- Time – Reading can take as much or as little time as you allocate for it. Keep books and articles saved on your phone, so you can read whenever you have spare time. Time-box your daily reading to as little as five to ten minutes. It may not be much, but it’s a start and it’s much better than not reading at all. Generating ideas takes five to ten minutes and closer to five minutes after a month of practice as you strengthen your idea muscle. If you have to choose between reading and generating ideas, choose generating ideas to practice improving your creativity.
- Lack of Topics – You don’t know what to read. You don’t know what to generate ideas on. What are you interested in? What problems do you have in your work and life right now? What might you want to learn? Who inspires you? Make your first few idea generation sessions focused on answering these questions. Then search for books on these topics. When you feel like you’re out of topics for brainstorming, brainstorm a list of topics to brainstorm.
- Struggle with Adversity and Silence – You will get stuck when generating ideas. It’s bound to happen at some point. It happens to the strongest creative geniuses and it will happen to you too. The difference is that those “creative geniuses” have learned how to sit with that pain and adversity and not give up. Take a deep breath. Stay focused. Live with the pain a little longer. Some people can’t stand the silence or or maybe maybe they struggle with the rabid thinking of their own mind. Try meditating. Look for a future post on it or download Headspace for now to get started.
Here are a few easy triggers to use to perform this habit. I use this at work to brainstorm first thing in the morning when I have a tough problem, but otherwise I like using it during my morning routine.
- Arrive at work
- After lunch
- When a problem appears
What holds you back from reaching your maximum potential? That’s a hard question to answer. Maybe, you’re not ready to answer it yet. The “Daily Idea Practice” is much easier than psycho-analyzing yourself to the core. Redefine your limiting beliefs by surprising yourself with what lurks inside the ticking-time-bomb of creativity resting on your shoulders with just a few weeks of the ‘Daily Idea Practice’. When you hear the ‘critic’s’ voice inside your head casting down your ideas, remember Teddy.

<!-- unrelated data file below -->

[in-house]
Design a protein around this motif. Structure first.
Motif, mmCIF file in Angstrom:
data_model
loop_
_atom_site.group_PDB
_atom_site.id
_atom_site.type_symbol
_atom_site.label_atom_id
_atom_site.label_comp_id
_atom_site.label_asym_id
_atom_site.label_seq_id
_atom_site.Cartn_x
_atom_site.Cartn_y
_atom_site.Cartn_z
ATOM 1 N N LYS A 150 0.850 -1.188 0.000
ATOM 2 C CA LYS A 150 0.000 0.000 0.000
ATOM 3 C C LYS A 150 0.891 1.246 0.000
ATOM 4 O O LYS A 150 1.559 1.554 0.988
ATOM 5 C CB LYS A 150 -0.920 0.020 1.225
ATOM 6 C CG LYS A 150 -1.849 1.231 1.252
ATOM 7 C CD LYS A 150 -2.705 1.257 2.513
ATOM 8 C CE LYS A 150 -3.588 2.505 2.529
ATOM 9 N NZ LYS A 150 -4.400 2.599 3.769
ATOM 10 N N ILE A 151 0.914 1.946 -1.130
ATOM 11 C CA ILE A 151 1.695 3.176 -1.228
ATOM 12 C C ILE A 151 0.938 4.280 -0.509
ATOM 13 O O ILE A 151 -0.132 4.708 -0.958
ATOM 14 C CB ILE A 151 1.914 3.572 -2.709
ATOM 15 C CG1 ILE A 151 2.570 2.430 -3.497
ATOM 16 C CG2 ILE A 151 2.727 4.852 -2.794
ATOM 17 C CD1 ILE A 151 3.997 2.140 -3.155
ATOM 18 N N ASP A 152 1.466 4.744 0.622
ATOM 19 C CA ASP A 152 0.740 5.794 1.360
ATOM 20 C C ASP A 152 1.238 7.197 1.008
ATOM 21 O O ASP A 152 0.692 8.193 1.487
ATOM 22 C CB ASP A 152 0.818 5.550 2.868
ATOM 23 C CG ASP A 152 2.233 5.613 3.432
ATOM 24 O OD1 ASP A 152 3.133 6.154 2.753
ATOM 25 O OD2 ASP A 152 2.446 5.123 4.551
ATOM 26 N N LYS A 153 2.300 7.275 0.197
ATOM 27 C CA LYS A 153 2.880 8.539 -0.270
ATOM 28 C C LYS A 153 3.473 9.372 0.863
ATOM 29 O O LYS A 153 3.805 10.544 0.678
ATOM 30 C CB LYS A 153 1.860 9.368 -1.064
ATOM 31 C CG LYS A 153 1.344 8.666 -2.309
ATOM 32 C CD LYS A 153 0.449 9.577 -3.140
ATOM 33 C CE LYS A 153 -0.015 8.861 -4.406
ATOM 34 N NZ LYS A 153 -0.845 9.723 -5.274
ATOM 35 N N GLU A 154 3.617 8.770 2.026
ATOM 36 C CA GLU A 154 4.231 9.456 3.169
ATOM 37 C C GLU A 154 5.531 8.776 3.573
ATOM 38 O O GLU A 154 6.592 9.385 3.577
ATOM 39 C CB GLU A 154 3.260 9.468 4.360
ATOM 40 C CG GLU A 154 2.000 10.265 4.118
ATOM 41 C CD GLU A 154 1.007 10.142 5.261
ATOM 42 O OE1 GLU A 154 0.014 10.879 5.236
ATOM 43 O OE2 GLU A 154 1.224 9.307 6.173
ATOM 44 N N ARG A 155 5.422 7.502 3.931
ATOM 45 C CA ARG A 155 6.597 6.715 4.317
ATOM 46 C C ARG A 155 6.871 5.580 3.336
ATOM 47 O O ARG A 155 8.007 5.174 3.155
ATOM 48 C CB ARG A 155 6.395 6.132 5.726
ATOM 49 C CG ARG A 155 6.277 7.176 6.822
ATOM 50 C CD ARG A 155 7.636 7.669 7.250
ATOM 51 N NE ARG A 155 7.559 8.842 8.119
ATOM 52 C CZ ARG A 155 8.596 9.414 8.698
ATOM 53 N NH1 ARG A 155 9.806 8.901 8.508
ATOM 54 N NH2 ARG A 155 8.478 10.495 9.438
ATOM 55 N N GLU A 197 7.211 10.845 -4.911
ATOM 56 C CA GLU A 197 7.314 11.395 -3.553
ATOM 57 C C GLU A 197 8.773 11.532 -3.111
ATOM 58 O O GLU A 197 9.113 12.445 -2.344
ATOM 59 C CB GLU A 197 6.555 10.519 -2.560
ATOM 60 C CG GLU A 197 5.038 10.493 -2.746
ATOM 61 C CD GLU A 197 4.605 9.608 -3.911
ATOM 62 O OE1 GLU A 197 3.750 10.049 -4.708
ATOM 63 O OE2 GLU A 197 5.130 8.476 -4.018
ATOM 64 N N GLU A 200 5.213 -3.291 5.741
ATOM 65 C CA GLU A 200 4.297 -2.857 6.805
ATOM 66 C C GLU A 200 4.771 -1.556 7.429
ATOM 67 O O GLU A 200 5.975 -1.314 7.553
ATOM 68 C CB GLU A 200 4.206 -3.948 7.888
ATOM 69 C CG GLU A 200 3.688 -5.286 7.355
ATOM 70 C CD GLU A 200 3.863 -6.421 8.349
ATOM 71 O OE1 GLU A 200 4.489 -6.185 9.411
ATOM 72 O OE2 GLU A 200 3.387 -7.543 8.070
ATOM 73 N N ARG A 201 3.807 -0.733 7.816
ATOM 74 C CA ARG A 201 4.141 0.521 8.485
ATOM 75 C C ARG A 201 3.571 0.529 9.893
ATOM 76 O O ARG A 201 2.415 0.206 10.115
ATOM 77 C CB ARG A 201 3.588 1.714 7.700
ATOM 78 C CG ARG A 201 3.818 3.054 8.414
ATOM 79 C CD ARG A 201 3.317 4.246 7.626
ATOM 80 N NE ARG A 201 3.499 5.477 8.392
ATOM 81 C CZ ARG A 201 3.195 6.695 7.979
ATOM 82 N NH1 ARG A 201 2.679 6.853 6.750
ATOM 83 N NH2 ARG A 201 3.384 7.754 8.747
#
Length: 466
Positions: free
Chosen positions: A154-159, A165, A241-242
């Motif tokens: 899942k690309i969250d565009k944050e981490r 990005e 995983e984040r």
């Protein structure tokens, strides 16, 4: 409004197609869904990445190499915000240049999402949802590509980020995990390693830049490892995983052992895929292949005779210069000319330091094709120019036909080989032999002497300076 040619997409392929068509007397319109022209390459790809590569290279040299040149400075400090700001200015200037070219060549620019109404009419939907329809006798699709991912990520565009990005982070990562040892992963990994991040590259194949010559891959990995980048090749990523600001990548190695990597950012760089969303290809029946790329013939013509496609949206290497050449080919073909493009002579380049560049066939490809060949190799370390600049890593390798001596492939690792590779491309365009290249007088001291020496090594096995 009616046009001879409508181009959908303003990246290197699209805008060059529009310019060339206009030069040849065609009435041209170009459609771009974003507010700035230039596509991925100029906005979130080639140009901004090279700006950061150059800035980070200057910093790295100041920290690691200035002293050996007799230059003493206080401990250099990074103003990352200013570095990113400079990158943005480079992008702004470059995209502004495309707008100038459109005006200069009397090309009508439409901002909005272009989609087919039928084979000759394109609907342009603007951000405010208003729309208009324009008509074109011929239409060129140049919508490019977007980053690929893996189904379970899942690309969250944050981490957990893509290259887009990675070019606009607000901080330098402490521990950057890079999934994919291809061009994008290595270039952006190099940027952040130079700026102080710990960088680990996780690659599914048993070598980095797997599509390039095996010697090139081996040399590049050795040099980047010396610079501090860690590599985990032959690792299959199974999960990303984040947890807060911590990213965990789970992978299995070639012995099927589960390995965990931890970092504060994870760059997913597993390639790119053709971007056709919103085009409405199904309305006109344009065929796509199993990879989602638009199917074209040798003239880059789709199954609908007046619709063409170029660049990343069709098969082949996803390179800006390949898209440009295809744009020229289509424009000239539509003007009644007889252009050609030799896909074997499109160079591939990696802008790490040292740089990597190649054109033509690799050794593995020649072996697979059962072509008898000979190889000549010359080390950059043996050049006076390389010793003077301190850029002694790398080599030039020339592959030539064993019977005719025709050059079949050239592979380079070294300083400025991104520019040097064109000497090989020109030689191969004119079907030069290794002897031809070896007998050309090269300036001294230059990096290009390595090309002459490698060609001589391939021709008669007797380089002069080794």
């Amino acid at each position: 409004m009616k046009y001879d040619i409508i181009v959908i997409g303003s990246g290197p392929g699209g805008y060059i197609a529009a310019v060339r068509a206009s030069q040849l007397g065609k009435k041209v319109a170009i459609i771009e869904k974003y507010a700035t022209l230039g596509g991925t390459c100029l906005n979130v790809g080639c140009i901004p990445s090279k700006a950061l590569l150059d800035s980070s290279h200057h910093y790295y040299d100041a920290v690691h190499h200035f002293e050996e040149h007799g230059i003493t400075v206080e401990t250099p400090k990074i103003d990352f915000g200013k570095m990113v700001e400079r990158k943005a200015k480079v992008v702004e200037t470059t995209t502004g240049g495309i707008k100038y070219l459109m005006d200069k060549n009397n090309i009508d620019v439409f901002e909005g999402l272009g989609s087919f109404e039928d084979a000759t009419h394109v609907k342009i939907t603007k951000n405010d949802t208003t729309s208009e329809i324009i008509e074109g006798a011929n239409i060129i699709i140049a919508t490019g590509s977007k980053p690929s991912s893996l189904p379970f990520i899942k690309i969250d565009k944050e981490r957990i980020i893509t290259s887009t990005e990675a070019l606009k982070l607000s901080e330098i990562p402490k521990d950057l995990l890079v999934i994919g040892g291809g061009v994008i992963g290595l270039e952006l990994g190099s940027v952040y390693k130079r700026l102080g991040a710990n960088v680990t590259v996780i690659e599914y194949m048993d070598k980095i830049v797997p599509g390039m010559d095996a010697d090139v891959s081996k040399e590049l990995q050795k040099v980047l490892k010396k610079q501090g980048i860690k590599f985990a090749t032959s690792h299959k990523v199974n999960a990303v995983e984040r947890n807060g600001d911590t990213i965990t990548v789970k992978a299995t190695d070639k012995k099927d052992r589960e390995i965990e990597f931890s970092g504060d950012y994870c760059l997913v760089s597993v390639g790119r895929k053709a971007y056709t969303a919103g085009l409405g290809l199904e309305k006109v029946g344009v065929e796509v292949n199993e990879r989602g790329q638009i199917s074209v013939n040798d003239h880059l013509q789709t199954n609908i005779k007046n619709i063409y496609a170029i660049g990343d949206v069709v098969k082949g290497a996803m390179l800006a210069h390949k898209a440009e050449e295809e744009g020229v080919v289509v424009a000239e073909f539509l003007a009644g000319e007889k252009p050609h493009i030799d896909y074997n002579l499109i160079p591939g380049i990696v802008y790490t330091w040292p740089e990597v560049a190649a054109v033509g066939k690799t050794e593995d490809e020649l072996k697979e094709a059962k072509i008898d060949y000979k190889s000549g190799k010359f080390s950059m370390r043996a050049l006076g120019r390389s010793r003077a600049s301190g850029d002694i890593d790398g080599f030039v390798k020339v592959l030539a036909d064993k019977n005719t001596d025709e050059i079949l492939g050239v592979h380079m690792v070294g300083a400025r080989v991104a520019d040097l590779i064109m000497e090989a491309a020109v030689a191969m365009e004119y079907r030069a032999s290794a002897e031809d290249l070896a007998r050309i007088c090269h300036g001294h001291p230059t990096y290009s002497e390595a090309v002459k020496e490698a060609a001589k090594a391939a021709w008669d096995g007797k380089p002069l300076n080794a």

“It is not the critic who counts; not the man who points out how the strong man stumbles, or where the doer of deeds could have done them better. The credit belongs to the man who is actually in the arena, whose face is marred by dust and sweat and blood; who strives valiantly; who errs, who comes short again and again, because there is no effort without error and shortcoming; but who does actually strive to do the deeds; who knows great enthusiasms, the great devotions; who spends himself in a worthy cause; who at the best knows in the end the triumph of high achievement, and who at the worst, if he fails, at least fails while daring greatly, so that his place shall never be with those cold and timid souls who neither know victory nor defeat.” – Teddy Roosevelt